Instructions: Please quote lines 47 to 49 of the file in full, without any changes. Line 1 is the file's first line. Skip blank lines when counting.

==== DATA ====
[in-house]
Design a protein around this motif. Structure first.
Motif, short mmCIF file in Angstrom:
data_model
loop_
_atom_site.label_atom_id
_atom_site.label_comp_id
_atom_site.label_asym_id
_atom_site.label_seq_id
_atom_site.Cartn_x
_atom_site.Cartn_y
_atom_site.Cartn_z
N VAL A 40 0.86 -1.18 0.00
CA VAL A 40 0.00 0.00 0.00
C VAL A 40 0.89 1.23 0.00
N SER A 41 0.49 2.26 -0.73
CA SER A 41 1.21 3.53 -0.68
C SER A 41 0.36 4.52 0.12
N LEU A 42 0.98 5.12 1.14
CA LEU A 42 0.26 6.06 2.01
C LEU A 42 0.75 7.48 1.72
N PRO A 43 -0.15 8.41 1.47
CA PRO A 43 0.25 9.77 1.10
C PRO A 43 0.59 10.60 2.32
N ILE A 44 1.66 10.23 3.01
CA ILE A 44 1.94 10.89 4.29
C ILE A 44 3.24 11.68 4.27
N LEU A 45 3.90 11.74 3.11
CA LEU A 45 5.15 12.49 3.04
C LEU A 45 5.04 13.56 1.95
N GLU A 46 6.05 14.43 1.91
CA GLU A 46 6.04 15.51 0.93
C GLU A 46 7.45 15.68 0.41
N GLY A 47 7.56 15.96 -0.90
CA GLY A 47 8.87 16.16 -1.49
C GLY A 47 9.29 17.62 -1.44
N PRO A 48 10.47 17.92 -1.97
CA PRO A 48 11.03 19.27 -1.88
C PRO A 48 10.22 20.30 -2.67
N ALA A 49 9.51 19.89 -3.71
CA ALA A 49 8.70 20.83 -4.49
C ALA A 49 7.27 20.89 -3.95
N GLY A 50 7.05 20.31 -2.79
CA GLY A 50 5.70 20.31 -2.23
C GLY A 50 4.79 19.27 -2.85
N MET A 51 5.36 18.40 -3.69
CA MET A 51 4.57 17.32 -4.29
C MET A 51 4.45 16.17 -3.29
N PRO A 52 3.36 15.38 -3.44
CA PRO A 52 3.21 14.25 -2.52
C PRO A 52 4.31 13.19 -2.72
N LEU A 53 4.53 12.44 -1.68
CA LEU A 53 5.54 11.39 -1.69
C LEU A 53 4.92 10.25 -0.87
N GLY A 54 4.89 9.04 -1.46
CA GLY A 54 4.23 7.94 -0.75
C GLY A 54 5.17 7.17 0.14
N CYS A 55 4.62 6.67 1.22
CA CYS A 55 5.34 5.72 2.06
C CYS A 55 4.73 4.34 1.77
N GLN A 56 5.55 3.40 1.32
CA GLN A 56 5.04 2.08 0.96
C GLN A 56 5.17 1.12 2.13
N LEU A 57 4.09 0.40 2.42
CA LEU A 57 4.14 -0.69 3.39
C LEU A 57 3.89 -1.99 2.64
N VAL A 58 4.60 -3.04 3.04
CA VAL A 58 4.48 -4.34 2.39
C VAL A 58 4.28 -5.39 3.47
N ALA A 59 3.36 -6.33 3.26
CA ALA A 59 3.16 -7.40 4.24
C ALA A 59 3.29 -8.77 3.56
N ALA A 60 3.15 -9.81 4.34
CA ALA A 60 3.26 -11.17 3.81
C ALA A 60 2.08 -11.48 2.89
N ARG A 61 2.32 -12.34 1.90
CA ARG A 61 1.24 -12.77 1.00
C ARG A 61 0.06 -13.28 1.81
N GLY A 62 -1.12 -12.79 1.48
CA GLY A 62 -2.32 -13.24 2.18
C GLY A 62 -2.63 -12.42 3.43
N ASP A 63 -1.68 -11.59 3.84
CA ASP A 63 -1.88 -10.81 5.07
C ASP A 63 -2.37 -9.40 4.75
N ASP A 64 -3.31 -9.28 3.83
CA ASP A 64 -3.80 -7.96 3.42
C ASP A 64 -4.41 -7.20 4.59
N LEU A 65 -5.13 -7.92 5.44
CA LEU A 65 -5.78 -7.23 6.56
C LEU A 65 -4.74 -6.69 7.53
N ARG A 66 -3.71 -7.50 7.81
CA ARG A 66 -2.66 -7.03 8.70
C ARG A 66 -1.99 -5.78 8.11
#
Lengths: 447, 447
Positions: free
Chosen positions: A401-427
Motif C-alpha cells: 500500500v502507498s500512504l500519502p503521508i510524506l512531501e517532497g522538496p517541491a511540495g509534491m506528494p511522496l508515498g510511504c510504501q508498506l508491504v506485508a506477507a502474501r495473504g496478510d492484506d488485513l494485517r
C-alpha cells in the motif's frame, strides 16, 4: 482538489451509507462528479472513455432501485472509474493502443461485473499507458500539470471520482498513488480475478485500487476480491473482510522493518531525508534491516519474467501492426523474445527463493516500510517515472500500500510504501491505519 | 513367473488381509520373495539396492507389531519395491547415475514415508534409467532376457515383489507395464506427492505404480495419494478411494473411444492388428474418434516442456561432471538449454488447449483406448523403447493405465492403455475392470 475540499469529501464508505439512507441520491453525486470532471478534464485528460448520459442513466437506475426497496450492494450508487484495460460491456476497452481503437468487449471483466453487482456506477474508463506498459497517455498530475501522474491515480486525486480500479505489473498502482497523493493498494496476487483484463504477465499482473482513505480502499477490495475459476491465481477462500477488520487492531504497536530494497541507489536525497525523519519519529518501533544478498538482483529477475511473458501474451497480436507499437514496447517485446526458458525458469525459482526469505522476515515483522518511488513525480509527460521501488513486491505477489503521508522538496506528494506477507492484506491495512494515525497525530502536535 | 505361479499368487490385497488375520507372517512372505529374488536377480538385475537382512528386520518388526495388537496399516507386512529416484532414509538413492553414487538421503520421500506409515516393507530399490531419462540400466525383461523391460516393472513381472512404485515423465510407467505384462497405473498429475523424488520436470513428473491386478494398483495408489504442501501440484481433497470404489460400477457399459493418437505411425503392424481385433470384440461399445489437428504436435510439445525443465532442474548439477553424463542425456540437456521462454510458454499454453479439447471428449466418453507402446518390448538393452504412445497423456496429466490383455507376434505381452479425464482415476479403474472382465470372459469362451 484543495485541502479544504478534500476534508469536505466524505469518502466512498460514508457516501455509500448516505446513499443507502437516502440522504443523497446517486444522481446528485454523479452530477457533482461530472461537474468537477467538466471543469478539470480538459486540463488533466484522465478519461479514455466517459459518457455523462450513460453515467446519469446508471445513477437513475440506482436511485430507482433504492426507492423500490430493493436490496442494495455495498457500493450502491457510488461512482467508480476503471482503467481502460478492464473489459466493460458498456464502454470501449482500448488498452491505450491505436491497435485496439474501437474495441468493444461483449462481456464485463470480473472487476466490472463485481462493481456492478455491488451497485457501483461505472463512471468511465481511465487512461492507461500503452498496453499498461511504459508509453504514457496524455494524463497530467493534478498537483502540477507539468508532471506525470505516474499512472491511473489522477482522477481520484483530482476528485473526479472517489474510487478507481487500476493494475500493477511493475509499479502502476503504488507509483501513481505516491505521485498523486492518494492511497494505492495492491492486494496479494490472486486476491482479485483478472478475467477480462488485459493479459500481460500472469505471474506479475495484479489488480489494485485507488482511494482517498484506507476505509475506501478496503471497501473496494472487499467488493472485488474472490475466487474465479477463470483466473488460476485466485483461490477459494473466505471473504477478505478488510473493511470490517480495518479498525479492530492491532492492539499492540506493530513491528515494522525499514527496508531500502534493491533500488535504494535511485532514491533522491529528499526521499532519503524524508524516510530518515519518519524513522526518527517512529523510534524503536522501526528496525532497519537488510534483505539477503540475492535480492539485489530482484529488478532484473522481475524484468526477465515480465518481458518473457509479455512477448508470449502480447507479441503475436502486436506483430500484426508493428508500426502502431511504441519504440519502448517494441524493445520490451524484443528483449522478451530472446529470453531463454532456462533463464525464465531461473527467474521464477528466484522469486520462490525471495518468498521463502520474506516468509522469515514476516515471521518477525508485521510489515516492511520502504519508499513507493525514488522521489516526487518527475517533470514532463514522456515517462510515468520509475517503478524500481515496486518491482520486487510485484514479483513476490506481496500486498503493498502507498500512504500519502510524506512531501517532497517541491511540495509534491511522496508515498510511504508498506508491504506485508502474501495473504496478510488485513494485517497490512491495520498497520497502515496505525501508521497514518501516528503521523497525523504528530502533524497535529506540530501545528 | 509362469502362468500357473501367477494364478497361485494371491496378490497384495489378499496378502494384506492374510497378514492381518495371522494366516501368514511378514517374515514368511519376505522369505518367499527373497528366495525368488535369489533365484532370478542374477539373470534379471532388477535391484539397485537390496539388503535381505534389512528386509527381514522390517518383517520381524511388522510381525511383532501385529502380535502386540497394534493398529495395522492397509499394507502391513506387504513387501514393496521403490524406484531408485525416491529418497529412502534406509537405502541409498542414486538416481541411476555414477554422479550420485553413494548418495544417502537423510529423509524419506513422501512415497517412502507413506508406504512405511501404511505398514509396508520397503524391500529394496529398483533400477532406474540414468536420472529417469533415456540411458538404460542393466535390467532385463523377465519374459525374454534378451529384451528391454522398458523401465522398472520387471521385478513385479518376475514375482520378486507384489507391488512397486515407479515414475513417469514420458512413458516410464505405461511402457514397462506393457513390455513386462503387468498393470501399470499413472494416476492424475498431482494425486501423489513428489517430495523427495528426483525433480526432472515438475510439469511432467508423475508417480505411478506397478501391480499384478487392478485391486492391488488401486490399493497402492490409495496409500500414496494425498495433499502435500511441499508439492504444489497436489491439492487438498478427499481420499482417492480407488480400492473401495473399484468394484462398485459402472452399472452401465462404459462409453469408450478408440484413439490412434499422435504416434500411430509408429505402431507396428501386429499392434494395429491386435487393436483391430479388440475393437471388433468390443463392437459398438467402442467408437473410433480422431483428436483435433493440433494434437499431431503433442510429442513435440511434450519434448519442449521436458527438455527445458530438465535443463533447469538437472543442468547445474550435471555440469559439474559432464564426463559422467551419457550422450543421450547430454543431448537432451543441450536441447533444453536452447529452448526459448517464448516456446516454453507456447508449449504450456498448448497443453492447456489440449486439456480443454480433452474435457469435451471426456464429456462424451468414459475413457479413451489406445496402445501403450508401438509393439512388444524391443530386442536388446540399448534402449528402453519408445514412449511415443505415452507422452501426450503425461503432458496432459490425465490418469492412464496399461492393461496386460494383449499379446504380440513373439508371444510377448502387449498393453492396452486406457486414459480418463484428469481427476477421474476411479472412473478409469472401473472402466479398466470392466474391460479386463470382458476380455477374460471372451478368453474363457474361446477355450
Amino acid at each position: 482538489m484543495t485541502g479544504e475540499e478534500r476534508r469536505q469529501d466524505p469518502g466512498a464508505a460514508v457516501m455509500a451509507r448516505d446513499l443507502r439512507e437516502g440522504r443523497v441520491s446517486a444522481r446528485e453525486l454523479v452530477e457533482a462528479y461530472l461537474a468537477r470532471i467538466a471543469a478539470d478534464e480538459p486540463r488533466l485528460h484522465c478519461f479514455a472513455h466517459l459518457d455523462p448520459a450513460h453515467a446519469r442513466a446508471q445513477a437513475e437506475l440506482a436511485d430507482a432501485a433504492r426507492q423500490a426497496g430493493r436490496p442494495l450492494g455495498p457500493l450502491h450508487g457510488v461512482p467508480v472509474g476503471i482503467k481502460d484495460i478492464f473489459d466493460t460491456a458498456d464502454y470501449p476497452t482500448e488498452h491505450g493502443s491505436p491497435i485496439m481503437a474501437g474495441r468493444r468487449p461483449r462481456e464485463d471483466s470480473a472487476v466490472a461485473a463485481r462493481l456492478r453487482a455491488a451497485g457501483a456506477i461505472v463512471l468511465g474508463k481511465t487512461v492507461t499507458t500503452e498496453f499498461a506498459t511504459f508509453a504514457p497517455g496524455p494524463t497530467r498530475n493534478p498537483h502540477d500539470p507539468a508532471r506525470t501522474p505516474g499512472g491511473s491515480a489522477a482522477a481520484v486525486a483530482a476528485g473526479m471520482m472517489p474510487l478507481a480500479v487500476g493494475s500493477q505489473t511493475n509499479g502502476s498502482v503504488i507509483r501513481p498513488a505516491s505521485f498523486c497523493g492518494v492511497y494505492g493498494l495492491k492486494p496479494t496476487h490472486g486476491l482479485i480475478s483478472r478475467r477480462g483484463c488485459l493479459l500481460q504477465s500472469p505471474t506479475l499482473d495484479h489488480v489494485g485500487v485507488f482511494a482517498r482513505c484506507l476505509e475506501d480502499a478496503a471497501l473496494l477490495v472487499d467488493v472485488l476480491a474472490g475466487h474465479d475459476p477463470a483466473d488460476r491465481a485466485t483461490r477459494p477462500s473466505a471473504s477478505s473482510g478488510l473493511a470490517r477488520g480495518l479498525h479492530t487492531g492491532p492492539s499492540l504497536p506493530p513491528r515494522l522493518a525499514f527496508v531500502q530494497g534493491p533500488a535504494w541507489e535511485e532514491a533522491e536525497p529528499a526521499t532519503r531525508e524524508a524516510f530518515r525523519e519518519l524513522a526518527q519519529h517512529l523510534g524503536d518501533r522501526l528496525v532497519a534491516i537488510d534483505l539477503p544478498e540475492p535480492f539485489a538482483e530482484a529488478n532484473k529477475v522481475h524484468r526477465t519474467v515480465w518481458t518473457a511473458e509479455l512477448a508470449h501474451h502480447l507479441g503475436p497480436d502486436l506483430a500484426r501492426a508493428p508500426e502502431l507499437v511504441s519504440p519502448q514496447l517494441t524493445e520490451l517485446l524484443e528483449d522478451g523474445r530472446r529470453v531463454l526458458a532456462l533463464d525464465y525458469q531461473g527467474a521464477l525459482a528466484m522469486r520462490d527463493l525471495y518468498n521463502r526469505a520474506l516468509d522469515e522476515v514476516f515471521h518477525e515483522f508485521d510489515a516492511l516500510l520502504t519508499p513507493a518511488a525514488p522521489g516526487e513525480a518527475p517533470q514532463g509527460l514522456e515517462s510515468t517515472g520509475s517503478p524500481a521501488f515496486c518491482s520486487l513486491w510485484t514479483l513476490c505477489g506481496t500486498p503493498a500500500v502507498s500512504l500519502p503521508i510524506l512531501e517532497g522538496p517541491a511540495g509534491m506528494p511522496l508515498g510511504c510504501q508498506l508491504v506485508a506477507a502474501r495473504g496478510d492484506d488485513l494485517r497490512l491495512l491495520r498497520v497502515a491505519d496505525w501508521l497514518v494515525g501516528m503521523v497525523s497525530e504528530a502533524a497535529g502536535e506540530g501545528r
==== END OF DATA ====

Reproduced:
CA MET A 51 4.57 17.32 -4.29
C MET A 51 4.45 16.17 -3.29
N PRO A 52 3.36 15.38 -3.44